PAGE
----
When we’re talking about bananas, we’re usually talking about one specific type of banana: the Cavendish, an easy to peel, sweet variety that makes up about 95 percent of all commercially sold bananas. There are other types of bananas out there, and occasionally you can find varieties such as creamy red bananas or stubby, tart manzanos in stores. But Cavendishes are the ones that you’re likely using to top your breakfast cereal or bake into breads.
Most Cavendishes are harvested while still underripe and green, then transported from their tropical growing regions to the country where they’ll be sold. Before reaching store shelves, they undergo an artificial ripening process using ethylene gas that helps them soften, turn yellow, and converts their starches into sugars. Without this step, they’re less likely to achieve that peak of sweet banana flavor.
For the most part, you’ll want to use bananas in dessert or sweet-friendly applications. Very green, unripe bananas are firm and starchy enough for some savory dishes, however, and can be used in place of plantains in a pinch. Check out our guide to banana desserts worth saving room for for some inspiration on how to use up a bunch.
Plantain species differ from their banana brethren in that they contain a much higher percentage of starch and less of the sweet stuff. Because of this, they’re not particularly pleasant raw. But when cooked, they have a heavy, filling, potato-like character to them, which has cemented their status as a staple across Latin America, the Caribbean, and west and central Africa. Plantains are soft and pillowy in dishes like mofongo, or they can be fried to a crisp and eaten like chips if sliced thinly. When using them in savory recipes, you want to seek out hardy, firm green plantains, which are generally larger than your average banana.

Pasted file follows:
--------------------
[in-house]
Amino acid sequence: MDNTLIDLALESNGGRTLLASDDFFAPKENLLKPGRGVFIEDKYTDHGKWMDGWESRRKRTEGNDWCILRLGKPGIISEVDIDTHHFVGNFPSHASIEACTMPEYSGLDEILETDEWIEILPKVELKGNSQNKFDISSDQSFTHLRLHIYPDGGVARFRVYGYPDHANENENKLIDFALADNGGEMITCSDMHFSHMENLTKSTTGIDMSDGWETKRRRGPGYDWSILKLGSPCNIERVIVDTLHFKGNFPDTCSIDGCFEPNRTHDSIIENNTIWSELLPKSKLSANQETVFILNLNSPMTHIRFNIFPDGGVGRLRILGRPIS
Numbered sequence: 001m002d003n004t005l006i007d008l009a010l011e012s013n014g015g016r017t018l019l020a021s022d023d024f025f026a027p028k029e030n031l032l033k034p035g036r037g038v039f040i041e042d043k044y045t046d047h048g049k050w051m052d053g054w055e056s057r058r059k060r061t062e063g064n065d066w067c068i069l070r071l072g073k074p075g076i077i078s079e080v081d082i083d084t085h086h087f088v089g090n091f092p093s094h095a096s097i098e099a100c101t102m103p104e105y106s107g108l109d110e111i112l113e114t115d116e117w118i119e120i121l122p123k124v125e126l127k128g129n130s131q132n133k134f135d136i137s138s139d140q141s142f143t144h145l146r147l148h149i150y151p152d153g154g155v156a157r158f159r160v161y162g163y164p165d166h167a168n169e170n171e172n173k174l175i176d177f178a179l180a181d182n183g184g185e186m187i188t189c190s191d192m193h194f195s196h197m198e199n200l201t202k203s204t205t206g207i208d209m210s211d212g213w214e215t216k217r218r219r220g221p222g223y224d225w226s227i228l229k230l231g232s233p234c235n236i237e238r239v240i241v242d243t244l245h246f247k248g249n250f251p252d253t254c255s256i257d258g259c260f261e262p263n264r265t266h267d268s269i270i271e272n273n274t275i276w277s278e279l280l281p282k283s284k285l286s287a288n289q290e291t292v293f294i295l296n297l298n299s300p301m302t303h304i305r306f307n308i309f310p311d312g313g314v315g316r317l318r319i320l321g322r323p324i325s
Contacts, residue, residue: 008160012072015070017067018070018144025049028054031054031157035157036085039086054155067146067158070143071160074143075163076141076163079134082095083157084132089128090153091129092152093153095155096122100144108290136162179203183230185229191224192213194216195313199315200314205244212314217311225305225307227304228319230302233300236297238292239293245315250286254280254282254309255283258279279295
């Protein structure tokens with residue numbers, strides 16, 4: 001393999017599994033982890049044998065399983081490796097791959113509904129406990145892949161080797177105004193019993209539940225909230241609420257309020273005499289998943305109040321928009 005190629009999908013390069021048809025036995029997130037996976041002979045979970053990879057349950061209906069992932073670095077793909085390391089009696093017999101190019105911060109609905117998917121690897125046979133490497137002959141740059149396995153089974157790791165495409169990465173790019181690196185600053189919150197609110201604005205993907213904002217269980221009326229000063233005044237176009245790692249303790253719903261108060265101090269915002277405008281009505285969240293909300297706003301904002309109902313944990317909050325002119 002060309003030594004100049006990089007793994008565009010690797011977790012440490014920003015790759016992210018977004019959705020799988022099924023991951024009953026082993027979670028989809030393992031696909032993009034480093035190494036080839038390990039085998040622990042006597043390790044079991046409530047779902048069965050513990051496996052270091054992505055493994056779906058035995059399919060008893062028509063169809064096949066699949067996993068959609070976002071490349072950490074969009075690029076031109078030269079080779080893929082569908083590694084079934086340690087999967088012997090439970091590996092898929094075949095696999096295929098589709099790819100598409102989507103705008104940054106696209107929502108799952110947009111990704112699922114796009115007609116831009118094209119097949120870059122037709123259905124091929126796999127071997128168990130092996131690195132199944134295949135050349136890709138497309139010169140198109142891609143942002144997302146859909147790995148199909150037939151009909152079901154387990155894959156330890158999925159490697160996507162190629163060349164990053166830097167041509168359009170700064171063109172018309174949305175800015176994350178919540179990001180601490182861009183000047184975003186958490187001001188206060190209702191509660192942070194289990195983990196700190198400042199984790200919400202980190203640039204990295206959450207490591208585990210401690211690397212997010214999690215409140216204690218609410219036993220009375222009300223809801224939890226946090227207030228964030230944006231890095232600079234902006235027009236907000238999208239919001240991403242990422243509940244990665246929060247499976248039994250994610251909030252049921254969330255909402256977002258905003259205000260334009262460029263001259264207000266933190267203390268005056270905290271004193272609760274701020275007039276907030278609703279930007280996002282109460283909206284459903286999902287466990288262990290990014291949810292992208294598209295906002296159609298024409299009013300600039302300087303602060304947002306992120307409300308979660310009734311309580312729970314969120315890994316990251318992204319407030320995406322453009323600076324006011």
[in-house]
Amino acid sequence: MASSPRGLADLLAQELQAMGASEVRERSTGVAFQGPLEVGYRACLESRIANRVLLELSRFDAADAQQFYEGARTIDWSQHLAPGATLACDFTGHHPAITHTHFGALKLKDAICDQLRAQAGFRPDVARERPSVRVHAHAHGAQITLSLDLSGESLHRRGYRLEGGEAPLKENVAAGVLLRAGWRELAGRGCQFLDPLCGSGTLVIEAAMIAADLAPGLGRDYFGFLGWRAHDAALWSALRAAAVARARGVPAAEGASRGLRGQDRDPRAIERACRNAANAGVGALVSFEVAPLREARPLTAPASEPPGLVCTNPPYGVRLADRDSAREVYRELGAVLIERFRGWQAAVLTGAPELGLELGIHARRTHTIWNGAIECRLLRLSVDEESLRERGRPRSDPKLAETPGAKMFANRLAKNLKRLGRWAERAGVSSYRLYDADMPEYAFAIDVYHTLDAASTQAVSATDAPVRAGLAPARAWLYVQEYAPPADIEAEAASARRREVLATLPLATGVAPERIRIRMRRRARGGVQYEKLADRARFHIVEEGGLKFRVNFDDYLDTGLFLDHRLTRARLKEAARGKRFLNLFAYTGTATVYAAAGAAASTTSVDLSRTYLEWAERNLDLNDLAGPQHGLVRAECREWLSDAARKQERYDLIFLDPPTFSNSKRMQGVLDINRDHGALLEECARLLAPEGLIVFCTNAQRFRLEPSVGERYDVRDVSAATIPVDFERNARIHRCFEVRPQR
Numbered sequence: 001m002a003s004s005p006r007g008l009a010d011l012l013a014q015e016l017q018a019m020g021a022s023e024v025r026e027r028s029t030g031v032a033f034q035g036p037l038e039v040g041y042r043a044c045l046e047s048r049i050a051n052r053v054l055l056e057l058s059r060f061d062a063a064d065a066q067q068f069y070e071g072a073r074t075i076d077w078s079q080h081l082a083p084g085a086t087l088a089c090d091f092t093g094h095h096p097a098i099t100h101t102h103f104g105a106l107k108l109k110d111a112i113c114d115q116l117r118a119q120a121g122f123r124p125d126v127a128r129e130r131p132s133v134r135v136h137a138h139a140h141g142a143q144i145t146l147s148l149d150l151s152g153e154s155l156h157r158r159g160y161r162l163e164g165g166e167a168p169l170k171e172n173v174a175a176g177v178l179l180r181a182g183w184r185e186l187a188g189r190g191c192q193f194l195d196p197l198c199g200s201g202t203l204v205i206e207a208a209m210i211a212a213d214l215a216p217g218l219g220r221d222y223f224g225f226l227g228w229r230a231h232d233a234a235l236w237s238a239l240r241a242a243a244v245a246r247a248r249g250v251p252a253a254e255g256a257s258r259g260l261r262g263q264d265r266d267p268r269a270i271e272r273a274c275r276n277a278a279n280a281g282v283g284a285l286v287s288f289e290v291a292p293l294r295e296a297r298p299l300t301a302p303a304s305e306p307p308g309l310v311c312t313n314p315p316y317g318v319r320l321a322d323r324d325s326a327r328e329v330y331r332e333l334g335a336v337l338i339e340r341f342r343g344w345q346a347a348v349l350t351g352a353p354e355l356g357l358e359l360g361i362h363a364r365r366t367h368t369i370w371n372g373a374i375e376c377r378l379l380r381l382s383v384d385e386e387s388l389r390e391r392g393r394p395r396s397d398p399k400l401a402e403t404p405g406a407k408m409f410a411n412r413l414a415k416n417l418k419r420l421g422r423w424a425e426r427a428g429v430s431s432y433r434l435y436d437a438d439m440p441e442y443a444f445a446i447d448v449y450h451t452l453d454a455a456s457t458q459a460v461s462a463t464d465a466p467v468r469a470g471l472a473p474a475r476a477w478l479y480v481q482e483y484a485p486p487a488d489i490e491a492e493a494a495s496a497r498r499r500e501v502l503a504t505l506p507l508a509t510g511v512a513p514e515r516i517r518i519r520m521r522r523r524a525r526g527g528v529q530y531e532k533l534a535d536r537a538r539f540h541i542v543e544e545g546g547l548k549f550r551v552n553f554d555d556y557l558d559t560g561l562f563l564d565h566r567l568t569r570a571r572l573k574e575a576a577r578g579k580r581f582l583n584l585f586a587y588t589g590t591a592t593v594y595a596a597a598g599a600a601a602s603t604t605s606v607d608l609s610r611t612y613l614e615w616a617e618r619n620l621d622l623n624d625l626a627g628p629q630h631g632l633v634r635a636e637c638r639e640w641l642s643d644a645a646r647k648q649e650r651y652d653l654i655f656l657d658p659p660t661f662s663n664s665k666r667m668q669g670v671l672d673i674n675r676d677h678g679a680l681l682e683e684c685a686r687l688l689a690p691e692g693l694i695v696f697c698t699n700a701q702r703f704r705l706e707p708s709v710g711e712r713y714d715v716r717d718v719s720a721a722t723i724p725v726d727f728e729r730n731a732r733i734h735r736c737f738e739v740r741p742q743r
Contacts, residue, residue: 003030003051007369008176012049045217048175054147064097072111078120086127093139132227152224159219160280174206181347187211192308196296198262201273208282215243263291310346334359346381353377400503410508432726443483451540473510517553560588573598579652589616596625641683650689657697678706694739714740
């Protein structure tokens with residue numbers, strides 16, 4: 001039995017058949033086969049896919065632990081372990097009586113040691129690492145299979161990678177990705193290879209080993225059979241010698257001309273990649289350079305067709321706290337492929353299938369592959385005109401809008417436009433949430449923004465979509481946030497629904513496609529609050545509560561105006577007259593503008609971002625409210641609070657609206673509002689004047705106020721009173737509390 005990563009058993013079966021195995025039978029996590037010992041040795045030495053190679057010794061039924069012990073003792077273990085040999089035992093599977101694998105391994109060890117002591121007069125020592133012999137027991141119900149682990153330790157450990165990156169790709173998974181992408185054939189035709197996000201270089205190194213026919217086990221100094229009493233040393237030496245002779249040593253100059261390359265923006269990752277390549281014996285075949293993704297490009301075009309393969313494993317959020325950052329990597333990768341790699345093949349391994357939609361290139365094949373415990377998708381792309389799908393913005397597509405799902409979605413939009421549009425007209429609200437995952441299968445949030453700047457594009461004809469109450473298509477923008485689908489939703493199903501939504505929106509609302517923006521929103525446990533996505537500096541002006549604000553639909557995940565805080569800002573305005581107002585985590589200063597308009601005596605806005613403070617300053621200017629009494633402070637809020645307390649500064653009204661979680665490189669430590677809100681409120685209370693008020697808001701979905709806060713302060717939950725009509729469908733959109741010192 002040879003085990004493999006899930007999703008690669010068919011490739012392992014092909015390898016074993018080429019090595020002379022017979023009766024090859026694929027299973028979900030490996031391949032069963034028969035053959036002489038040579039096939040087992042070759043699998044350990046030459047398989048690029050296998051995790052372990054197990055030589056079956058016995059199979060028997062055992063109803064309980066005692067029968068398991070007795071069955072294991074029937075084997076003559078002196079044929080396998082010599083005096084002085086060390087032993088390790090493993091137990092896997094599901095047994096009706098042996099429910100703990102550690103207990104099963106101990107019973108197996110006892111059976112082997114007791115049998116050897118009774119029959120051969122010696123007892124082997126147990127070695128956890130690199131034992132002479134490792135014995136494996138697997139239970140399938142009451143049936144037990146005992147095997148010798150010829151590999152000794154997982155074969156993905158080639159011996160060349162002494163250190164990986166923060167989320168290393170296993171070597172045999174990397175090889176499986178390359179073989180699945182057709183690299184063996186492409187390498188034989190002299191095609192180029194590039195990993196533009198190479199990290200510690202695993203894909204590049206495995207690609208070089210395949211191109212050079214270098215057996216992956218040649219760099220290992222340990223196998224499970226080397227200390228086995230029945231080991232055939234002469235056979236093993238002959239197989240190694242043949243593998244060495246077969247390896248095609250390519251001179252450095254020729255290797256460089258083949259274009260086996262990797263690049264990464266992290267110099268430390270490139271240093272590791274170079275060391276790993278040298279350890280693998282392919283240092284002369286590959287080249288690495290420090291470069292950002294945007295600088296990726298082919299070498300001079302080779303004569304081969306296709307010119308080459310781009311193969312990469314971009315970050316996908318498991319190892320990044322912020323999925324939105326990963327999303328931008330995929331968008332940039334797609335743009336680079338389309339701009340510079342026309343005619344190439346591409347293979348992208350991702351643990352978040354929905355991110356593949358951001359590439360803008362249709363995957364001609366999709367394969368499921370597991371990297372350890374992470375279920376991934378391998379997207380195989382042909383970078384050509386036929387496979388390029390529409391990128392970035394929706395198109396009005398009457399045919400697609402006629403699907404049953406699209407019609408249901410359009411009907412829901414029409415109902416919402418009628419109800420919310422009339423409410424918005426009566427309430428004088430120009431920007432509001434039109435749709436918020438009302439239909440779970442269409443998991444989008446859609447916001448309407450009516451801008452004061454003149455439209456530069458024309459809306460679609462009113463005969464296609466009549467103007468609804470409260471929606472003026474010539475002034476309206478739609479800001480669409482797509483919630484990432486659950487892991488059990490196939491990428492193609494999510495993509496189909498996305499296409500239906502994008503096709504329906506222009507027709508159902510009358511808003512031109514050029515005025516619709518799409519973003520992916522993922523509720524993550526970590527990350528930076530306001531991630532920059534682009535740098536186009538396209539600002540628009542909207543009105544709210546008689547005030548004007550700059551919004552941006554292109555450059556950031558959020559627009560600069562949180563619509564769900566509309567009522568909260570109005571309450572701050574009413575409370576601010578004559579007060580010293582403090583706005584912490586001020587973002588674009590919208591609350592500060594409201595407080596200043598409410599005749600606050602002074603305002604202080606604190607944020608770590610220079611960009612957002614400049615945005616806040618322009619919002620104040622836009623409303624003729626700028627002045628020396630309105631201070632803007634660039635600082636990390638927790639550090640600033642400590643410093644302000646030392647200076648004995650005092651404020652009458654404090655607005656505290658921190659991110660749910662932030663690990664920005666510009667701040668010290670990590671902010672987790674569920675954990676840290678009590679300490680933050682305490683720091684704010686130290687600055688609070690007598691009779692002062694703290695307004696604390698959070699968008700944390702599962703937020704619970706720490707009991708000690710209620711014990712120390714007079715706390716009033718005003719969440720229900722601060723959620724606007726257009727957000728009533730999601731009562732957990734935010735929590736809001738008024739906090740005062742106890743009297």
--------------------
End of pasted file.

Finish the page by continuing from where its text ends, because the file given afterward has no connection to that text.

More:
Ripe yellow and black plantains, although still on the starchy and tough side, do have a noticeable sweetness to them and caramelize nicely when cooked. They can be used to make desserts, but are still substantial enough to pair nicely with savory mains. Try them alongside beans and roast pork for a Cuban-style feast using our Sauteéd Plantains recipe.